Good Neighbour Project comes up with a simple & innovative idea to reach out to the most vulnerable

The Good Neighbour Project (GNP) started in the month of April 2020 with an intention to help the most vulnerable members of our society. When the pandemic hit several countries and the risk of contracting the virus escalated, everybody was panic buying all essentials. Tariq Syed, the Founder of GNP saw some elderly people struggling at a grocery store. This broke his heart, and he decided to help them with a simple yet innovative idea. 

Tariq started a Facebook group and connected with people who were willing to step up and support the society. The idea was to support the most vulnerable members of the community. Volunteers would complete groceries purchase for those who are at higher risk and deliver it to them. This is how the Good Neighbour Project started.

Ruhi, one of the founding members of GNP, explains, “We, as GNP focus on 6 main groups - senior citizens, people with compromised immunity, healthcare workers, pregnant women, single parents, and people in self-isolation. GNP operates on a basic idea of connecting the most vulnerable section of society staying at home with volunteers who are willing to help. Initially, we recognized that there was a great demand because stores had long delays in delivery services. Additionally, stores like Walmart, where people needed something urgently, had a waiting time of two weeks for delivery. So, GNP started to cater to this gap. We set up a hotline which is open from 8 am to 8 pm, 7 days a week. Moreover, we also partnered with local food banks and women shelters that need food to be picked up and delivered”. 

GNP welcomes anyone between the ages of 18-65 to volunteer provided, they are not in contact with COVID-19 positive patients. To date, our volunteer community includes a total of 6,000 volunteers across Toronto, London, and Ottawa, and 40 people are working in the internal team managing the hotline and the social media handles.

GNP recognizes a load of groceries as small, medium, and large. When a request is placed, the internal team of GNP connects the requester with one of the volunteers based on the location and the number of grocery products. Ruhi says, “The volunteers not only spend their time and efforts but also their own money to help the requesters by paying for the groceries. The money is later reimbursed by the requester in the form of cash, e-transfer, or a cheque. Moreover, we ensure that all our volunteers strictly follow the guidelines highlighted by the public health agency of Canada”.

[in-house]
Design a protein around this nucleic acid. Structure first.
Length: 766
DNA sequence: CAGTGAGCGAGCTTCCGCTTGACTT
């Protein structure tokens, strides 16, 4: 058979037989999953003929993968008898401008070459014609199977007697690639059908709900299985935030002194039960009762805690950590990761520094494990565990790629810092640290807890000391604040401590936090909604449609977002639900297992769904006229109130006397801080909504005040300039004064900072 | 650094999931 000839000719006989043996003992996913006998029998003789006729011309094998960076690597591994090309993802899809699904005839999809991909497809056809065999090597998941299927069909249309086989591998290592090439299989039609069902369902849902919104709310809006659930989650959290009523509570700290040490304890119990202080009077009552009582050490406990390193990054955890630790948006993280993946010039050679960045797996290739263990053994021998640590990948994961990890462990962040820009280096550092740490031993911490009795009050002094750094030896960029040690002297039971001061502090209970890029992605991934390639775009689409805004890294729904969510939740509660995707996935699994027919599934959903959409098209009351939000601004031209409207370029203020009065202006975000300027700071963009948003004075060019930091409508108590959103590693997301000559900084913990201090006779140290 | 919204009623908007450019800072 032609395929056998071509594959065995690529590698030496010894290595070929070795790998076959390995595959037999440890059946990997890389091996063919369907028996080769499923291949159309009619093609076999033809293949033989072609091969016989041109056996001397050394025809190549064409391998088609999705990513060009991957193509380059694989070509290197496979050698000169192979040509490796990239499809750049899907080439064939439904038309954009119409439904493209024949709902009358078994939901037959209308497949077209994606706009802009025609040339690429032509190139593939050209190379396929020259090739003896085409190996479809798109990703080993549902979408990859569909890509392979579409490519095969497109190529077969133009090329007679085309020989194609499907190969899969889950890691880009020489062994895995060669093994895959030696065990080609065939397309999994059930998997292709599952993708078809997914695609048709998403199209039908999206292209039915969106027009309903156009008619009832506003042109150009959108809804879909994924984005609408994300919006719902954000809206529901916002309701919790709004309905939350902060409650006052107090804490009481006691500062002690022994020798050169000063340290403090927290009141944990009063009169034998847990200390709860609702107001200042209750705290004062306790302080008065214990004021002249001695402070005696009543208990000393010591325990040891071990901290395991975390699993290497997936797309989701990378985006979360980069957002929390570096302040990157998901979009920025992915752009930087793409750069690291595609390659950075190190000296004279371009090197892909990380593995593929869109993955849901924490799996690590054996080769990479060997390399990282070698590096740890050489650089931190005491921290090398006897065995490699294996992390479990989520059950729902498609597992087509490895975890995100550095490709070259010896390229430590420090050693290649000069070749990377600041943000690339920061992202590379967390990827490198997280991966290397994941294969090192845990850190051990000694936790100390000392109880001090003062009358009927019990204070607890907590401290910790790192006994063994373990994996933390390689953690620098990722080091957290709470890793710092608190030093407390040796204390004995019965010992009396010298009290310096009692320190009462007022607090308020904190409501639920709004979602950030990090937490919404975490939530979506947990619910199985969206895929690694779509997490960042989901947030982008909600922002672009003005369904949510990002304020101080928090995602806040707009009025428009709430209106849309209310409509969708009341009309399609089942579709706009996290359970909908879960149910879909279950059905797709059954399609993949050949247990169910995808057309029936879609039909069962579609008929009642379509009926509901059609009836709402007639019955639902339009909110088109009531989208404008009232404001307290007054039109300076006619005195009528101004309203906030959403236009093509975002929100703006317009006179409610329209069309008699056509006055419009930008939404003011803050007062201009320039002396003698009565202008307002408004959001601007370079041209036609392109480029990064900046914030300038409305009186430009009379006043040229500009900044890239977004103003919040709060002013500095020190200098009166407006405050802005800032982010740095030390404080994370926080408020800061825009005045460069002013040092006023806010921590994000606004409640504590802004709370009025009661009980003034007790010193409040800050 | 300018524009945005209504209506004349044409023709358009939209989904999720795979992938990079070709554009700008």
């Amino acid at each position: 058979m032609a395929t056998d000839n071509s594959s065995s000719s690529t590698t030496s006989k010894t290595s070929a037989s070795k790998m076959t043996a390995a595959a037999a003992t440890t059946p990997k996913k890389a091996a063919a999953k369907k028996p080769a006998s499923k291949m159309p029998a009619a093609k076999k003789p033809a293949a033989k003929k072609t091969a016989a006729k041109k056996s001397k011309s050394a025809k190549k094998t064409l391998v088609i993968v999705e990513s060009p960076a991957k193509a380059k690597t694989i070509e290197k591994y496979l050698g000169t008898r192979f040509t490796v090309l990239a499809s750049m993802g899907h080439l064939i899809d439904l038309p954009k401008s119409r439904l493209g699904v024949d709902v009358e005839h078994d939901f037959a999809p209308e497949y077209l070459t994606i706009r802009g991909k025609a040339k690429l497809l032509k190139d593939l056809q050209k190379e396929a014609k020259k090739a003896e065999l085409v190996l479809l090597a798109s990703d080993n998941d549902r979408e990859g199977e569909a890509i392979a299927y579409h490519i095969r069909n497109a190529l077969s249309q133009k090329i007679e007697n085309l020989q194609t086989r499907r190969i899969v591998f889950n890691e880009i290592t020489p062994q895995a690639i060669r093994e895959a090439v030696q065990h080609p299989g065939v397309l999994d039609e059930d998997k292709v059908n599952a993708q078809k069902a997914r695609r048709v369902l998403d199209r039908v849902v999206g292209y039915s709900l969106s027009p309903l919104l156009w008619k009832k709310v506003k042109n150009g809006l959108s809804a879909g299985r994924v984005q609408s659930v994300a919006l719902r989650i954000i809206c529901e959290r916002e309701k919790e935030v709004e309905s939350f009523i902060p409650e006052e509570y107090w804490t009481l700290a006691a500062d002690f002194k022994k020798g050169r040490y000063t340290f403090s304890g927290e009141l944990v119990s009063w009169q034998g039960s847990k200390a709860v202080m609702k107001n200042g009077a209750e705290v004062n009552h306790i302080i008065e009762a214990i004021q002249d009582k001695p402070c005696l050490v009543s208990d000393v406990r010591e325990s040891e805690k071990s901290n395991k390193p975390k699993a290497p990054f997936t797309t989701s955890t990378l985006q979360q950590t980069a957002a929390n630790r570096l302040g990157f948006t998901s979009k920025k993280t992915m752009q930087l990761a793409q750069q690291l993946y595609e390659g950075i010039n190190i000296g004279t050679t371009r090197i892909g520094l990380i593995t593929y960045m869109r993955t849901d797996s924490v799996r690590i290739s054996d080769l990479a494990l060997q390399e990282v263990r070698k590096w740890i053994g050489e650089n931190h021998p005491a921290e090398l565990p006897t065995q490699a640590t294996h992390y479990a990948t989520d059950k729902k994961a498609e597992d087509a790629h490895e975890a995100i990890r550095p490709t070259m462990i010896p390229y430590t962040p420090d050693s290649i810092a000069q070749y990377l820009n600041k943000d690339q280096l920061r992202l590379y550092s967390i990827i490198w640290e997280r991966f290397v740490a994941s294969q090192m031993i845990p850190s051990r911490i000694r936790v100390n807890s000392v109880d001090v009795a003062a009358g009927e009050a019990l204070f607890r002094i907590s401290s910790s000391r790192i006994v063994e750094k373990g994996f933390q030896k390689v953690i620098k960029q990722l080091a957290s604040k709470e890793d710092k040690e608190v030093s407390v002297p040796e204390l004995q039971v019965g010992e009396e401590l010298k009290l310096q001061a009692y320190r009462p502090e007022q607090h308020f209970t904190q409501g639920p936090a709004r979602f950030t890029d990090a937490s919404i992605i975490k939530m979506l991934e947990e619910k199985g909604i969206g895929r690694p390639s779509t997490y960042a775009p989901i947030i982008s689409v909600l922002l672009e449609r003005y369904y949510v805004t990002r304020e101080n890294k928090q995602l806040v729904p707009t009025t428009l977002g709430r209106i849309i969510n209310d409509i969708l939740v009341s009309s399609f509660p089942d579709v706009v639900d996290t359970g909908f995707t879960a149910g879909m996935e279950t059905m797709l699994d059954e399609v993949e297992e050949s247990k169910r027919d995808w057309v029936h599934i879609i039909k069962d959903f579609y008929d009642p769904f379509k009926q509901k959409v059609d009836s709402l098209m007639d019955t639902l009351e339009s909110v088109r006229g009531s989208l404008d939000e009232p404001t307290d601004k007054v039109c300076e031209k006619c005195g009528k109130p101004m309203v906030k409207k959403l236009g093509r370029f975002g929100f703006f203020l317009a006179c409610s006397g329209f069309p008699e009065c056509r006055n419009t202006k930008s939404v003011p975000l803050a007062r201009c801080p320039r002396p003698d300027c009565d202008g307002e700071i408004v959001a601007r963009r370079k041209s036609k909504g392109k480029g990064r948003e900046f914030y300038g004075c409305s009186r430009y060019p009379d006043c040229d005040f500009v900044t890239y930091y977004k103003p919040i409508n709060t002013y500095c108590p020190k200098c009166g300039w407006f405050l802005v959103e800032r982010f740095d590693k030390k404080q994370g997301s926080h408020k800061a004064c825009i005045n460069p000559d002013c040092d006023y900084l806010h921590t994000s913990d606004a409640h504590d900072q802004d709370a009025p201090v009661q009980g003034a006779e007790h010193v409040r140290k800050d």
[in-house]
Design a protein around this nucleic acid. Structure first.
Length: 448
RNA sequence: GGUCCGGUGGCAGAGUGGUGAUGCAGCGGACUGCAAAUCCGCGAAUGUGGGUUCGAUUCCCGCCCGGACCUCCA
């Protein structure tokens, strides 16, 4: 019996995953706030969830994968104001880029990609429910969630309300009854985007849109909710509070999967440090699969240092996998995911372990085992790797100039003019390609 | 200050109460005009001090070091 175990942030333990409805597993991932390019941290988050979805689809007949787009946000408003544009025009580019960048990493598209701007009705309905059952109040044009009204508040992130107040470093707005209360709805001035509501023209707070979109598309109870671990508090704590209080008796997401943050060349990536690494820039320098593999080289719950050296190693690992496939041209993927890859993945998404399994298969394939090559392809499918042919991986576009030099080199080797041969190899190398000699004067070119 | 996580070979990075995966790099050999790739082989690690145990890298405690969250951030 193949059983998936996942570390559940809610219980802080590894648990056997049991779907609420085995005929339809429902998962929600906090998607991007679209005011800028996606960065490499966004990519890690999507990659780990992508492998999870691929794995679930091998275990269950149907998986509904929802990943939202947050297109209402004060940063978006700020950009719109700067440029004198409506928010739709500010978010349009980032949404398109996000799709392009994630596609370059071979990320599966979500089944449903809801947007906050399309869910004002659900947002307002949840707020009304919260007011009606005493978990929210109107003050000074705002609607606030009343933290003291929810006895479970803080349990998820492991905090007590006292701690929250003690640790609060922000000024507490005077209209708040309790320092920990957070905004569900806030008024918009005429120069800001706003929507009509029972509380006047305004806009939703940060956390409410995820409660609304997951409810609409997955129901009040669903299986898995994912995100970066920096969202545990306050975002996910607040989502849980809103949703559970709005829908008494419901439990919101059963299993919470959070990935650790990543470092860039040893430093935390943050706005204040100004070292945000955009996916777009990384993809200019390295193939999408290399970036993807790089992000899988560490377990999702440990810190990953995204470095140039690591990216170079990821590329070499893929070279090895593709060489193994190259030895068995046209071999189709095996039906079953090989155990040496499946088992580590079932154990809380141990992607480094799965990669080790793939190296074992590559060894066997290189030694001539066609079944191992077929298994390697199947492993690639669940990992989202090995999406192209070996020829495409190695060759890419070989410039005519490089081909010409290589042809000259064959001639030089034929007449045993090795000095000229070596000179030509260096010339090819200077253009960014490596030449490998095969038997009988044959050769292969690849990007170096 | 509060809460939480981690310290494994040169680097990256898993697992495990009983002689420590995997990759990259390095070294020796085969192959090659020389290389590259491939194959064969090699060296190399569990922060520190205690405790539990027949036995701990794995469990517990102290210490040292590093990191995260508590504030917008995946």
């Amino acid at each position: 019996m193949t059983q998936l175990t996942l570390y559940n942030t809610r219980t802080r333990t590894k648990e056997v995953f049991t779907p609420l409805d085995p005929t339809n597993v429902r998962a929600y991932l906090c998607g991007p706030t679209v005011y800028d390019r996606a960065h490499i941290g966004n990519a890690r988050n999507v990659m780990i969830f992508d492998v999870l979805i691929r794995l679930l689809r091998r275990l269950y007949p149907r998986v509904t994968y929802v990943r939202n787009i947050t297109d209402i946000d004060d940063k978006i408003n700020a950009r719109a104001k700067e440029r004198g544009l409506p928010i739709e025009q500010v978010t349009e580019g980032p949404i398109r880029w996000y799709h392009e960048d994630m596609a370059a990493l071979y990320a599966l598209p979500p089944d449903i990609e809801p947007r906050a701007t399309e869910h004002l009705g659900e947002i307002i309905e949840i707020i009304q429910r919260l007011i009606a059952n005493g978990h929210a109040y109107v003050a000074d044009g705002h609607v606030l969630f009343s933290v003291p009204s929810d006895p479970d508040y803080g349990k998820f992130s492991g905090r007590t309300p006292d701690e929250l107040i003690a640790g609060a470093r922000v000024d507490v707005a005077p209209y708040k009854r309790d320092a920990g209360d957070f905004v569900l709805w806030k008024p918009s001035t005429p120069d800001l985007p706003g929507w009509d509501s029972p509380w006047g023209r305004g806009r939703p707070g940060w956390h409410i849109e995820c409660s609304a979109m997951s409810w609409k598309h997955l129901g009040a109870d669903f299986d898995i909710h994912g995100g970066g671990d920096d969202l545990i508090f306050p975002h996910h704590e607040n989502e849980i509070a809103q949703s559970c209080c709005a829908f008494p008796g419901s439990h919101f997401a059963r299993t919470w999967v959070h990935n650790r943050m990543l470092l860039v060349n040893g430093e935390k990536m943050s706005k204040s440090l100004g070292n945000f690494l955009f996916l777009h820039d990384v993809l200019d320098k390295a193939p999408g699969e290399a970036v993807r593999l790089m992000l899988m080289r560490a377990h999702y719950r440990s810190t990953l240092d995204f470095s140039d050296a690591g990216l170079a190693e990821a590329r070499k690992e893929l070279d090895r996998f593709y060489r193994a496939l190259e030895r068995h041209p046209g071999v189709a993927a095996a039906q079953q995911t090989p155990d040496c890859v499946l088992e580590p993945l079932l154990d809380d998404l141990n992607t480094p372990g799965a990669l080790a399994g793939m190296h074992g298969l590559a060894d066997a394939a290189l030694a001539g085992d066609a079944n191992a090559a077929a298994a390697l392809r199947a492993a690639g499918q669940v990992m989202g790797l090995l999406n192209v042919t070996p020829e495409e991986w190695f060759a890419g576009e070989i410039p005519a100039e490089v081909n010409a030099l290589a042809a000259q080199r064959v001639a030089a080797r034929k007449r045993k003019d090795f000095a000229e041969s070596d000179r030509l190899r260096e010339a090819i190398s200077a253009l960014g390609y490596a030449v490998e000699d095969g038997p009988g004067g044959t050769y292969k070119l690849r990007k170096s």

Image: Shanaya, GNP volunteer
Image: Shanaya, GNP volunteer

Shanaya, a delivery and hotline intake volunteer, explains the willingness of the volunteers to go beyond and help. “In order to deliver groceries to our requesters, a lot of us use our own vehicles, bikes, or public transport while some even assist with the deliveries on foot. Overall, it takes about 2-3 hours for a volunteer to arrange and deliver the groceries end to end. This shows how far the volunteers are willing to go in order to support the community and extend their help. The group grew very quickly. One of the reasons for this growth is that many young people would have taken up a summer job, but because of COVID-19, everything is shut. This works out pretty well for us, as a community, to step outside our houses to support those in need.”

Volunteering with GNP has been a wonderful experience for Shanaya. She adds, “I believe GNP and its volunteers are setting a good example for the younger generation. Recently, my 12-year-old brother offered to help and deliver on his bike. I was so happy to see him so motivated to make a difference in someone’s life. I remember when I delivered the groceries the first time, the lady was so grateful to my services that she gifted me bath salts as a token of appreciation. That was really sweet. We do not stop after one delivery. We make sure we check up on our requesters often to ensure they are doing okay. For us, this may not be a big effort, but so many people, who are stuck at home, look forward to the deliveries and little interactions with us.”

Ruhi adds on, “We feel great when some of our requesters simply call in to pay gratitude or a shout out to our services and volunteers. Once we received a call from a woman who probably had tried calling different organizations for food delivery, but she failed to get help. She was so overwhelmed when we accepted her request that she cried over the phone thanking us again and again. She was so relieved that now her food was secured and will be delivered to her doorstep. Experiencing such moments make all our efforts totally worth it.”

This unprecedented phase has highlighted that there is so much potential for such services, even post the pandemic, and we strongly hope that we can continue to extend our support to the community.

You Humanity pays respect and gratitude to the entire team of Good Neighbour Project for going above and beyond to contribute towards Humanity. If you know someone who is working for others, please share the story

97 views0 comments